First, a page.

Based on our experimental results, we provide design recommendations for researchers and practitioners interested in visually presenting temporal event sequence data.
We developed a novel network visualization technique for providing overviews of temporal event sequences and attributes.
The technique uses a new n-layer network layout algorithm with grouping and group ordering constraints to put similar attribute values together and reduce edge intersections.
A summative evaluation of the design in comparison with IDMVis validated our approach. Based on this evaluation, we provide design recommendations for future researchers and practitioners.
Yixuan Zhang, Kartik Chanana, and Cody Dunne, “IDMVis: Temporal Event Sequence Visualization for Type 1 Diabetes Treatment Decision Support”, IEEE Transactions on Visualization and Computer Graphics (Proc. Information Visualization 2018), vol. 25, no. 1, 2019-01. doi: 10.1109/TVCG.2018.2865076.
Yixuan Zhang, Sara Di Bartolomeo, Fangfang Sheng, and Cody Dunne “Evaluating Alignment Approaches in Superimposed Time-Series and Temporal Event Sequence Visualizations”, Proc. IEEE Visualization Conference (VIS), 1 – 5, 2019-10. doi: 10.1109/VISUAL.2019.8933584. Open paper and all materials doi: 10.31219/osf.io/q764s.
Sara Di Bartolomeo, Aditeya Pandey, Aristotelis Leventidis, David Saffo, Uzma Haque Syeda, Elin Carstensdottir, Magy El-Nasr, Michelle Borkin, and Cody Dunne, “Evaluating the Effect of Timeline Shape on Visualization Task Performance”, Proc. CHI Conference on Human Factors in Computing Systems (CHI ’20), 1 – 12, 2020-04. doi: 10.1145/3313831.3376237. Open paper and all materials doi: 10.31219/osf.io/2kdb9. Consumable writeup on Medium.
Sara Di Bartolomeo, Yixuan Zhang, Fangfang Sheng, and Cody Dunne “Sequence Braiding: Visual Overviews of Temporal Event Sequences and Attributes”, IEEE Transactions on Visualization and Computer Graphics (Proc. VIS 2020), vol. 27, no. 2, 2021-02. doi: 10.1109/TVCG.2020.3030442. Open paper and all materials doi: 10.31219/osf.io/mq2wt.
Sara Di Bartolomeo, “Evaluating the Effect of Timeline Shape on Visualization Task Performance”, Northeastern HIMS alumni and faculty, 2020-05.
Sara Di Bartolomeo, “Evaluating the Effect of Timeline Shape on Visualization Task Performance” [recording], CambridgeCHI, 2020-05.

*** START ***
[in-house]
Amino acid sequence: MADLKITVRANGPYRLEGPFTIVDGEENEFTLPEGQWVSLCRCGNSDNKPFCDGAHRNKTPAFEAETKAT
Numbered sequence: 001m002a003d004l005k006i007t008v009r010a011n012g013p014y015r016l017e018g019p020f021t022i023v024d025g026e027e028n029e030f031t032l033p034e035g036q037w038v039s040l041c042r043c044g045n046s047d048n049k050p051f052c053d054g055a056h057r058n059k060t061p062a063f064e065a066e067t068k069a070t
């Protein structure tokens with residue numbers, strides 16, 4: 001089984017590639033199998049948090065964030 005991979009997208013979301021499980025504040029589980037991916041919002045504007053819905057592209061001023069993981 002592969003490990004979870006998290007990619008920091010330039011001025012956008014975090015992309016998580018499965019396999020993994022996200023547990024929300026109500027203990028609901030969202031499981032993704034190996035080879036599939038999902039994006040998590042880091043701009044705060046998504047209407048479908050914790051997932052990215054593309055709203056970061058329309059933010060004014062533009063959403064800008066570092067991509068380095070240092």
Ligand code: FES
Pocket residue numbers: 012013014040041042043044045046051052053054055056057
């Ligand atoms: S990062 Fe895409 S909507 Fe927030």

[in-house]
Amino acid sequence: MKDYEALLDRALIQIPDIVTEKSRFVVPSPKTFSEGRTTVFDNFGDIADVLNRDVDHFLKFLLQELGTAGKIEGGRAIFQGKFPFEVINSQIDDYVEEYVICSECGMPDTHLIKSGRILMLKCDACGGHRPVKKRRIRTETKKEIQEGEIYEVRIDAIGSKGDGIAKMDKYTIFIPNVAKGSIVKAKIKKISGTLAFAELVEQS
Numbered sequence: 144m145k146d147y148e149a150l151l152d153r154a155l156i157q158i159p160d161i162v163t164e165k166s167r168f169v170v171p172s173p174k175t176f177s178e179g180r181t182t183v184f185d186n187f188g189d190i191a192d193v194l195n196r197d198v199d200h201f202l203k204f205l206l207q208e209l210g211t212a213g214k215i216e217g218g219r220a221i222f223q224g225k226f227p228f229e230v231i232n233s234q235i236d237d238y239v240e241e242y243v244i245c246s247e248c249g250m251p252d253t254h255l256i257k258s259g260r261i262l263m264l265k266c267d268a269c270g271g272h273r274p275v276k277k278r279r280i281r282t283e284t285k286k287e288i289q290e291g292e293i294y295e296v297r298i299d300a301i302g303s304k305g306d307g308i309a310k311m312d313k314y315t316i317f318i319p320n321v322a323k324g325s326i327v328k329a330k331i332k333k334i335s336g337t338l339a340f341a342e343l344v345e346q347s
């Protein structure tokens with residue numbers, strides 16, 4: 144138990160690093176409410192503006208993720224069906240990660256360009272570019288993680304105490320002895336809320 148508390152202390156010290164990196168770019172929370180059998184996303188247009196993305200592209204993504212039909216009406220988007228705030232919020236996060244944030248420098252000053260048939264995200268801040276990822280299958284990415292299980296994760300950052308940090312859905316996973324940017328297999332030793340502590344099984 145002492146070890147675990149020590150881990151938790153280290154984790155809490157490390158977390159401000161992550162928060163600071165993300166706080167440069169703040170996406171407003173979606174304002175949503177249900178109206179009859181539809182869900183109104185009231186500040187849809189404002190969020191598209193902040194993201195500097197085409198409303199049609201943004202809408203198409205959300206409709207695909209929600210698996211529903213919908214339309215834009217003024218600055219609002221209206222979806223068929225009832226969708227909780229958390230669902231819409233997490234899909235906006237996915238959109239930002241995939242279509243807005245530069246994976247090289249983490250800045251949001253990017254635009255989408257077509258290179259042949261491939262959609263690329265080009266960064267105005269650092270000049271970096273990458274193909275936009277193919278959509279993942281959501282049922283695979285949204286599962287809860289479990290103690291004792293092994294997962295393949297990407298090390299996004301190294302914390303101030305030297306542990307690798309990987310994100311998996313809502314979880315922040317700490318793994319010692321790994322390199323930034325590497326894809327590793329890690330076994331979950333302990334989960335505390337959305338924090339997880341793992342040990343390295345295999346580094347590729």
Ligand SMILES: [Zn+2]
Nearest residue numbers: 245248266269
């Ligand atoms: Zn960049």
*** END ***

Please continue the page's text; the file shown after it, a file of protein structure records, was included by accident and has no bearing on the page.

Cody Dunne, “Interactive network and time series visualizations for reasoning and communicating about data”, BostonCHI, 2018-03.
Yixuan Zhang, Kartik Chanana, and Cody Dunne, “IDMVis: Temporal Event Sequence Visualization for Type 1 Diabetes Treatment Decision Support” [slides] [recording], Information Visualization, 2018-10.
Cody Dunne, “Temporal event sequence visualization for type 1 diabetes treatment decision support”, Open Insights Seminar at Harvard Medical School Department of Biomedical Informatics, 2019-03.
IDMVis is an open source interactive visualization tool for showing type 1 diabetes patient data. It is designed to help clinicians perform temporal inference tasks: specifically for recommending adjustments to patient insulin protocol, diet, and behavior. A live demo, videos, source code, sample data, and documentation are available on the IDMVis website and associated GitHub repo.
Sequence Braiding is an open source interactive visualization tool for providing visual overviews of temporal event sequences. A live demo, source code, sample data, and documentation are available on the Sequence Braiding documentation site, associated GitHub repo, and on OSF at osf.io/mq2wt.
Additional materials for our other papers are available on OSF: * Alignment evaluation: osf.io/q764s * Diversiform timelines: osf.io/2kdb9
This project serves as an example for people with diabetes, the clinicians treating them, and developers building for them of how data visualization can assist in the treatment of diabetes and in particular in conjunction with intensive diabetes management. Moreover, the generalizable temporal event sequence and timeline visualization recommendations we make will help design practitioners to deliver more effective and consumable visualizations for the general public.
We presented and discussed our work with 8 clinicians, in a lecture at the Harvard Department of Biostatistics, with a group of Health Informatics Master’s Degree alumni and faculty who are working in industry, and presented at BostonCHI and CambridgeCHI. Many more informal discussions have stemmed from this work, including with an endocrinologist and two CDEs.
We included our VIS 2018 paper results in two iterations of an undergraduate data science course DS 4200 and leveraged by three students conducting a service learning project titled “Visualizing the Efficacy of Metformin for Blood Glucose Control”. Two MS students have participated in the research, one funded and the other not. One is a co-author of the VIS 2018 paper and the other a co-author on the VIS 2020 paper.
The project has funded and/or facilitated the training of three female graduate students and one male graduate student. This project marks the first paper on visualization submitted by any of these students.
This material is based upon work supported by the National Science Foundation under Grant No. 1755901. Any opinions, findings, and conclusions or recommendations expressed in this material are those of the author(s) and do not necessarily reflect the views of the National Science Foundation.